“We have also found that online shopping has become more relevant than ever before, and consumers are looking for high quality products for meaningful moments at home. Moët & Chandon and Veuve Clicquot in particular, have been very successful in designing offers based around celebratory moments, that are easily accessible to those shopping online.”
Bowie said the week leading up to Mother’s Day is one of the key events on the Champagne and sparkling calendar, with Moët Imperial Rosé and Chandon Rose NV being among the biggest sellers.
“We are finding that in general, most consumers are seeking more meaningful experiences and Mother’s Day presents the perfect opportunity to express that feeling and connect with loved ones, especially during a pandemic and in times of uncertainty,” he said.
“Mother’s Day last year coincided with restrictions in a number of states easing and that weekend in particular, we saw a lot of people using Champagne as a drink to celebrate. Since then, people have a continued a consistently high Champagne consumption with overall sales growing +34.7% in the last 12 months.”
Champagne’s pandemic battle
It’s been a very different story for the rest of the world. With restaurants closed and parties cancelled amid the coronavirus pandemic, industry group Comité Champagne speculated earlier this month that producers may have taken as much as a $1.2 billion sales hit in 2020, noting that global champagne sales dropped by 18% in volume compared to the previous year.
Australia has been one of the few countries that has been a beacon of hope for the Champagne region.
“This difficult year proved very positive for Champagne in certain countries,” noted Comité Champagne in its 2020 report.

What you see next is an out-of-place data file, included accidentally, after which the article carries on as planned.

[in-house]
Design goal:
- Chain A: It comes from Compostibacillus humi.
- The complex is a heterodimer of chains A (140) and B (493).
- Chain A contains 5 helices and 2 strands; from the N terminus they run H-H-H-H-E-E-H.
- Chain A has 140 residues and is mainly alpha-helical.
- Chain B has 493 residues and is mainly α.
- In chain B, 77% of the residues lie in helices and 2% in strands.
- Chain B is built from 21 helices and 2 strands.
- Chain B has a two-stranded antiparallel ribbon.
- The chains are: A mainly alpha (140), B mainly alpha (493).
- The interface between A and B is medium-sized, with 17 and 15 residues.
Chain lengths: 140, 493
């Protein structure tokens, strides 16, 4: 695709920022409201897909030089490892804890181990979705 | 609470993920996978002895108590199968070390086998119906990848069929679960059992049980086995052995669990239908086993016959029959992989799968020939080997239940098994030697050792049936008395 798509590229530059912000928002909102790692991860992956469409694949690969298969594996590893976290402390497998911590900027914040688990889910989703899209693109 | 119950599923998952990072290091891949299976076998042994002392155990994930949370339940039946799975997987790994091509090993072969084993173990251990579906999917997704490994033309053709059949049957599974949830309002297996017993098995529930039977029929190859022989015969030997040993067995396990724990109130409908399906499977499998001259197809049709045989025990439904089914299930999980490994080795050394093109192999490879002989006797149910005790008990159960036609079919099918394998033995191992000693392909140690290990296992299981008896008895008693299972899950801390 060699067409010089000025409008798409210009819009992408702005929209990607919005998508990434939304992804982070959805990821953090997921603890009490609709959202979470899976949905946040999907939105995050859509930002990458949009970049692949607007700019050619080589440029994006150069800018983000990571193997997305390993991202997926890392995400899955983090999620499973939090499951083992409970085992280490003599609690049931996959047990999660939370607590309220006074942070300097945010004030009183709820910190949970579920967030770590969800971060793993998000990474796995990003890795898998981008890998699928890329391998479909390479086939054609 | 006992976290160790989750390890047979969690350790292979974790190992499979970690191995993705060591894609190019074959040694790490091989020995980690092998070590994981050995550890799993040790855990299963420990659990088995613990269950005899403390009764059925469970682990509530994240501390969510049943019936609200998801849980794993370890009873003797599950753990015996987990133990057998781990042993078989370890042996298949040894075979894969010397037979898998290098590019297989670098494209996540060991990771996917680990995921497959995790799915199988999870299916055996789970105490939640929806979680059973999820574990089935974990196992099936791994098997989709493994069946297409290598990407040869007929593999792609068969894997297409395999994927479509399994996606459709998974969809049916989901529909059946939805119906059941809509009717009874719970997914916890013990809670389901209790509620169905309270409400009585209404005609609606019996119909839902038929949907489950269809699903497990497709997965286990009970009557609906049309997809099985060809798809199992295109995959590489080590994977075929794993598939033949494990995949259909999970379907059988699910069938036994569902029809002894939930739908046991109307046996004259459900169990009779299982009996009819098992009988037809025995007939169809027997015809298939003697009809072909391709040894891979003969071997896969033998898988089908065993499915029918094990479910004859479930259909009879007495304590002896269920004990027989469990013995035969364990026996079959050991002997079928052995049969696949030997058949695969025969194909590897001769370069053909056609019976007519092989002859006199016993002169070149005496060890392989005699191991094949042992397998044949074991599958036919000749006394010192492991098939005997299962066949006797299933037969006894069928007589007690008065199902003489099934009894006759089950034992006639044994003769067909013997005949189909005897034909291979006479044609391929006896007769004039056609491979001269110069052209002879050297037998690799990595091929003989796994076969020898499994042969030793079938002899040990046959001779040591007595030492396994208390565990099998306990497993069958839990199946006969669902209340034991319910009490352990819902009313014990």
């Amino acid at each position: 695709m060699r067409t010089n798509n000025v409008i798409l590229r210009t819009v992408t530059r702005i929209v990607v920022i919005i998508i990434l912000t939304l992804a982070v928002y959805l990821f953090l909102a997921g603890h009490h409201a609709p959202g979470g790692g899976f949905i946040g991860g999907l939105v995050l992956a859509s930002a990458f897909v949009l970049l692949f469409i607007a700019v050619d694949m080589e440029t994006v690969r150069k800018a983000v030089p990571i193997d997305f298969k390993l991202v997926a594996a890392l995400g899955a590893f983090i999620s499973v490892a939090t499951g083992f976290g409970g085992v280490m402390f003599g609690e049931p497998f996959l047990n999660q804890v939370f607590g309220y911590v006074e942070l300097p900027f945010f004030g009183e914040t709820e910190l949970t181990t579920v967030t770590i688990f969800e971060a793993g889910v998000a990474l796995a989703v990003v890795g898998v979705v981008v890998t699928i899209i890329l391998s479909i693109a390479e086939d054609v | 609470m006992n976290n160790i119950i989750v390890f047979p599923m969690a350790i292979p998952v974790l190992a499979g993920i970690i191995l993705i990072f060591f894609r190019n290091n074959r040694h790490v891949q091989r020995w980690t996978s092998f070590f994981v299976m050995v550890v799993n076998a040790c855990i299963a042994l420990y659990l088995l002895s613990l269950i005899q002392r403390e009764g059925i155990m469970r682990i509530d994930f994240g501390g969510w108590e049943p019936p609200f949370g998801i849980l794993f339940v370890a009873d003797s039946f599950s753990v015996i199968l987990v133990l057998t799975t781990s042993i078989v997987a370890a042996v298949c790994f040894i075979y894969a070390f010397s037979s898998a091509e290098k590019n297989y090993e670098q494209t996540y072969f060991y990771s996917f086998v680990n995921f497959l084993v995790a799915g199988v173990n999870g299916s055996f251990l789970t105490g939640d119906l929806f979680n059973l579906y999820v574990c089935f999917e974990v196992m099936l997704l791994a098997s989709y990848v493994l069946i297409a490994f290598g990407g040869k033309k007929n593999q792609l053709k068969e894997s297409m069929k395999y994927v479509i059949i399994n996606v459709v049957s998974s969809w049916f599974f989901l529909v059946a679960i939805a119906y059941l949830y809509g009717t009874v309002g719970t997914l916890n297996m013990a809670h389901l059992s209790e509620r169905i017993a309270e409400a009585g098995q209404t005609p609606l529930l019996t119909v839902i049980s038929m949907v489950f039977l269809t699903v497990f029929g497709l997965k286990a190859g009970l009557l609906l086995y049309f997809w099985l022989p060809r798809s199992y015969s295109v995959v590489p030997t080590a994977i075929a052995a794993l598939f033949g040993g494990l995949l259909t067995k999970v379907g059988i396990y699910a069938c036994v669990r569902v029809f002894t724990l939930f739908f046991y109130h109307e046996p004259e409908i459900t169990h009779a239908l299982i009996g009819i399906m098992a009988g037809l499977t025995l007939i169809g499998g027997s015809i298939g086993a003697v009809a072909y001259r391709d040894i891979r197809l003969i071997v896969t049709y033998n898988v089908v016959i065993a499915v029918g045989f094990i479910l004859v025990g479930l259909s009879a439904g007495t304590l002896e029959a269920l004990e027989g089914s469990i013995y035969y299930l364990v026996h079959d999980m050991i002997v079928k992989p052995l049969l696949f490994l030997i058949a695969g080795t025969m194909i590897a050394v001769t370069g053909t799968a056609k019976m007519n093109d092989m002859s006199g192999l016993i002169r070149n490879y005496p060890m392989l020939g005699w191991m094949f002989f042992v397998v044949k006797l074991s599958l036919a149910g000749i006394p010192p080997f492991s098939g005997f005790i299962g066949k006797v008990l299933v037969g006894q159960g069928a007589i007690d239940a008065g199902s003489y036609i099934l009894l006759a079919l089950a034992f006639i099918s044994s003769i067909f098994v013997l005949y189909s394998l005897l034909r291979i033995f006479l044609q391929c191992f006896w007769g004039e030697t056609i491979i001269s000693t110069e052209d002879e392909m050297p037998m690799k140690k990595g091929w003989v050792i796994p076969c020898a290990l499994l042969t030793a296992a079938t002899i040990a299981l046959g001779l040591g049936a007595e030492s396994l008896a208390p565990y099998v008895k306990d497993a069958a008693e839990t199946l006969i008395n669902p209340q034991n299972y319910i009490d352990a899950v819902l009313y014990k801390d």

“This was particularly true of Australia. Thanks to its excellent handling of the pandemic, the seventh largest Champagne market by both volume and value recorded growth of 11.2% in volume to 8.5 million bottles, equalling the record set in 2017.
“Turnover increased by 11.1% to €126.1 million. This was the biggest growth in 2020 among Champagne’s leading markets.”
In fact, 2020 marked the second best year in the history of Champagne exports to Australia, after 2017. Since 2006,
exports have increased in both volume and value by an average of 7.9% per year, propelling Australia from the tenth to the
seventh biggest Champagne market by value.
Unlike other major markets, such as Japan and the United States, the Australian market favours non-vintage brut Champagnes, which account for 92% of volumes exported to Australia (+2.1 points compared to 2019), up by 13.8%.
Charles Goemaere, Directeur Général of Comité Champagne, added: “The French market, which was already in decline prior to the pandemic, continued to shrink. The United States, the United Kingdom and Japan—the three biggest Champagne export markets—also posted a major drop in sales volumes in 2020. However, this drop in exports was mitigated by the relative resilience of traditional markets in continental Europe.”
However, there are signs of recovery.
Globally, Moët Hennessy reported a 22% rise in Champagne sales for the first three months of 2021 compared with the first quarter of 2020.